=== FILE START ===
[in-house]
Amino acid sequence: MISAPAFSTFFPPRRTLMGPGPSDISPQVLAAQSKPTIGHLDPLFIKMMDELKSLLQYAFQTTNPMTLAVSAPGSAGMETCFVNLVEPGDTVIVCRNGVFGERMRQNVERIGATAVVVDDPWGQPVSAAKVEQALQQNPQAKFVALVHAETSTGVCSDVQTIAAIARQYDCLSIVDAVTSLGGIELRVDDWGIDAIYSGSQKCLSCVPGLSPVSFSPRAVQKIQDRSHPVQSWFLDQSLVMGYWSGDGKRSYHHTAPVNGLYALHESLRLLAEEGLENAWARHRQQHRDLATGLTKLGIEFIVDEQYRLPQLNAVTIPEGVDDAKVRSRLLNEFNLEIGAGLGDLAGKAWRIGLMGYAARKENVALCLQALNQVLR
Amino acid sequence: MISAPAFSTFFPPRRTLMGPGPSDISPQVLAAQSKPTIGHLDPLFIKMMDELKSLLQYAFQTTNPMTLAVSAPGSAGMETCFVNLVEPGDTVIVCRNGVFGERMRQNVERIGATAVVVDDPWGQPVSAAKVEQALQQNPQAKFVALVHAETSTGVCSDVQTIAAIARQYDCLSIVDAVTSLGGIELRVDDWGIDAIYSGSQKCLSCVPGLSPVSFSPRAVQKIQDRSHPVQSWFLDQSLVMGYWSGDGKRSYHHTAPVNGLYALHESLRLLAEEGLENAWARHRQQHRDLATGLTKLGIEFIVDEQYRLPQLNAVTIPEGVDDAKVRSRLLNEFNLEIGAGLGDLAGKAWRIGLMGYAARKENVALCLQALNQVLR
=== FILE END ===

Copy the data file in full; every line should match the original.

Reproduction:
[in-house]
Amino acid sequence: MISAPAFSTFFPPRRTLMGPGPSDISPQVLAAQSKPTIGHLDPLFIKMMDELKSLLQYAFQTTNPMTLAVSAPGSAGMETCFVNLVEPGDTVIVCRNGVFGERMRQNVERIGATAVVVDDPWGQPVSAAKVEQALQQNPQAKFVALVHAETSTGVCSDVQTIAAIARQYDCLSIVDAVTSLGGIELRVDDWGIDAIYSGSQKCLSCVPGLSPVSFSPRAVQKIQDRSHPVQSWFLDQSLVMGYWSGDGKRSYHHTAPVNGLYALHESLRLLAEEGLENAWARHRQQHRDLATGLTKLGIEFIVDEQYRLPQLNAVTIPEGVDDAKVRSRLLNEFNLEIGAGLGDLAGKAWRIGLMGYAARKENVALCLQALNQVLR
Amino acid sequence: MISAPAFSTFFPPRRTLMGPGPSDISPQVLAAQSKPTIGHLDPLFIKMMDELKSLLQYAFQTTNPMTLAVSAPGSAGMETCFVNLVEPGDTVIVCRNGVFGERMRQNVERIGATAVVVDDPWGQPVSAAKVEQALQQNPQAKFVALVHAETSTGVCSDVQTIAAIARQYDCLSIVDAVTSLGGIELRVDDWGIDAIYSGSQKCLSCVPGLSPVSFSPRAVQKIQDRSHPVQSWFLDQSLVMGYWSGDGKRSYHHTAPVNGLYALHESLRLLAEEGLENAWARHRQQHRDLATGLTKLGIEFIVDEQYRLPQLNAVTIPEGVDDAKVRSRLLNEFNLEIGAGLGDLAGKAWRIGLMGYAARKENVALCLQALNQVLR